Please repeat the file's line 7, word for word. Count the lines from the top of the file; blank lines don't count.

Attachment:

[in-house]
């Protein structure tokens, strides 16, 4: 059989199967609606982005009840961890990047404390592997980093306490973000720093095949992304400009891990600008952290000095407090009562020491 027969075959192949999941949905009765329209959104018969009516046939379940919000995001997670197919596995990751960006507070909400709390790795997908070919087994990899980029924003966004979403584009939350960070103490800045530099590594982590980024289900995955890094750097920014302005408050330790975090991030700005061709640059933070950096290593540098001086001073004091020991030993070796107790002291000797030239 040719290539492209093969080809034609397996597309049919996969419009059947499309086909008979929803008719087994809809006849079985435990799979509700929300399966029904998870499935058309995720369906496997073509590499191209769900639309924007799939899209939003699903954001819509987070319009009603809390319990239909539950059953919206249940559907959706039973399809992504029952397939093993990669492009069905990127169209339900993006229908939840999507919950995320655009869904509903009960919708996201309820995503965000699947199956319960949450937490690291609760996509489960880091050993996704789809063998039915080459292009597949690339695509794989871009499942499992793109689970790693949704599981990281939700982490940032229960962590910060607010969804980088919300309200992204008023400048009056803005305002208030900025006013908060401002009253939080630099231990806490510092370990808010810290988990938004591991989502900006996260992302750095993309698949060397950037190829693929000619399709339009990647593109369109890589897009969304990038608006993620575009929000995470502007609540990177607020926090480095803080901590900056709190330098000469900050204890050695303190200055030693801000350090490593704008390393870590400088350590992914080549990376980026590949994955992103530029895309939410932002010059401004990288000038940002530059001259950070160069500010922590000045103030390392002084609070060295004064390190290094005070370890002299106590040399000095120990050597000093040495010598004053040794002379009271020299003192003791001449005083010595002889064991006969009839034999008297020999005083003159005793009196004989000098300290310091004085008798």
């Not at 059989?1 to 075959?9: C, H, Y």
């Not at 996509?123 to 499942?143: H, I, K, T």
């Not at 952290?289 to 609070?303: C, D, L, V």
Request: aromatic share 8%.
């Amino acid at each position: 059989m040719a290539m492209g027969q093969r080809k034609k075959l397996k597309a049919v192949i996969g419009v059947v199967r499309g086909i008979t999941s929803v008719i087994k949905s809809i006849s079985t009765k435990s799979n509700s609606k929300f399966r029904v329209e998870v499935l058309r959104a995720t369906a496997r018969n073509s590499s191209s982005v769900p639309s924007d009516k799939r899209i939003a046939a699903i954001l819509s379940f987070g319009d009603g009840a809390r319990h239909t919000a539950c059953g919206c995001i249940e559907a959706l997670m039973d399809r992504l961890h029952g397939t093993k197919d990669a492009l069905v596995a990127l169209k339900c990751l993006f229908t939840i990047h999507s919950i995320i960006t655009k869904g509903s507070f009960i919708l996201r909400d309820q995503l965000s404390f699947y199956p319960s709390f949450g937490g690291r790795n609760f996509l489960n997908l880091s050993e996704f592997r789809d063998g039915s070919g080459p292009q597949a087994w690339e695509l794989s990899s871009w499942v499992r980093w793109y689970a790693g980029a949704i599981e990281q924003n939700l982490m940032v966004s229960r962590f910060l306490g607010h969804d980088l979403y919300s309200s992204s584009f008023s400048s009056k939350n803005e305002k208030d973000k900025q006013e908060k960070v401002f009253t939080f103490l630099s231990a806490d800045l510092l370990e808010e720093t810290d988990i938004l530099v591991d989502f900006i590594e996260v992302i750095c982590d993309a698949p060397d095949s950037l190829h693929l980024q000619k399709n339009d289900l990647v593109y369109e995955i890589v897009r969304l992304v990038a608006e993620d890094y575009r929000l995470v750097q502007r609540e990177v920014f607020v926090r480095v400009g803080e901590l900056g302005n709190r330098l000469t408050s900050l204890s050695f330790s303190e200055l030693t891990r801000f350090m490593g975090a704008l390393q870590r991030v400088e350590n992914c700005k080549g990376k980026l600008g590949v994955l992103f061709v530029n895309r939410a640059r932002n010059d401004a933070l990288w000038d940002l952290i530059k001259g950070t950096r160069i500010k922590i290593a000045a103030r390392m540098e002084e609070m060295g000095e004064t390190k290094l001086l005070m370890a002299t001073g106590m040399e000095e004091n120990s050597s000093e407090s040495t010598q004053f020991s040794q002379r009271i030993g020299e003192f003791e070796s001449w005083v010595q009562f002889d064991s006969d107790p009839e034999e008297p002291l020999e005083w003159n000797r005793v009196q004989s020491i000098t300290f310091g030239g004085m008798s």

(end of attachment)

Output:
């Amino acid at each position: 059989m040719a290539m492209g027969q093969r080809k034609k075959l397996k597309a049919v192949i996969g419009v059947v199967r499309g086909i008979t999941s929803v008719i087994k949905s809809i006849s079985t009765k435990s799979n509700s609606k929300f399966r029904v329209e998870v499935l058309r959104a995720t369906a496997r018969n073509s590499s191209s982005v769900p639309s924007d009516k799939r899209i939003a046939a699903i954001l819509s379940f987070g319009d009603g009840a809390r319990h239909t919000a539950c059953g919206c995001i249940e559907a959706l997670m039973d399809r992504l961890h029952g397939t093993k197919d990669a492009l069905v596995a990127l169209k339900c990751l993006f229908t939840i990047h999507s919950i995320i960006t655009k869904g509903s507070f009960i919708l996201r909400d309820q995503l965000s404390f699947y199956p319960s709390f949450g937490g690291r790795n609760f996509l489960n997908l880091s050993e996704f592997r789809d063998g039915s070919g080459p292009q597949a087994w690339e695509l794989s990899s871009w499942v499992r980093w793109y689970a790693g980029a949704i599981e990281q924003n939700l982490m940032v966004s229960r962590f910060l306490g607010h969804d980088l979403y919300s309200s992204s584009f008023s400048s009056k939350n803005e305002k208030d973000k900025q006013e908060k960070v401002f009253t939080f103490l630099s231990a806490d800045l510092l370990e808010e720093t810290d988990i938004l530099v591991d989502f900006i590594e996260v992302i750095c982590d993309a698949p060397d095949s950037l190829h693929l980024q000619k399709n339009d289900l990647v593109y369109e995955i890589v897009r969304l992304v990038a608006e993620d890094y575009r929000l995470v750097q502007r609540e990177v920014f607020v926090r480095v400009g803080e901590l900056g302005n709190r330098l000469t408050s900050l204890s050695f330790s303190e200055l030693t891990r801000f350090m490593g975090a704008l390393q870590r991030v400088e350590n992914c700005k080549g990376k980026l600008g590949v994955l992103f061709v530029n895309r939410a640059r932002n010059d401004a933070l990288w000038d940002l952290i530059k001259g950070t950096r160069i500010k922590i290593a000045a103030r390392m540098e002084e609070m060295g000095e004064t390190k290094l001086l005070m370890a002299t001073g106590m040399e000095e004091n120990s050597s000093e407090s040495t010598q004053f020991s040794q002379r009271i030993g020299e003192f003791e070796s001449w005083v010595q009562f002889d064991s006969d107790p009839e034999e008297p002291l020999e005083w003159n000797r005793v009196q004989s020491i000098t300290f310091g030239g004085m008798s």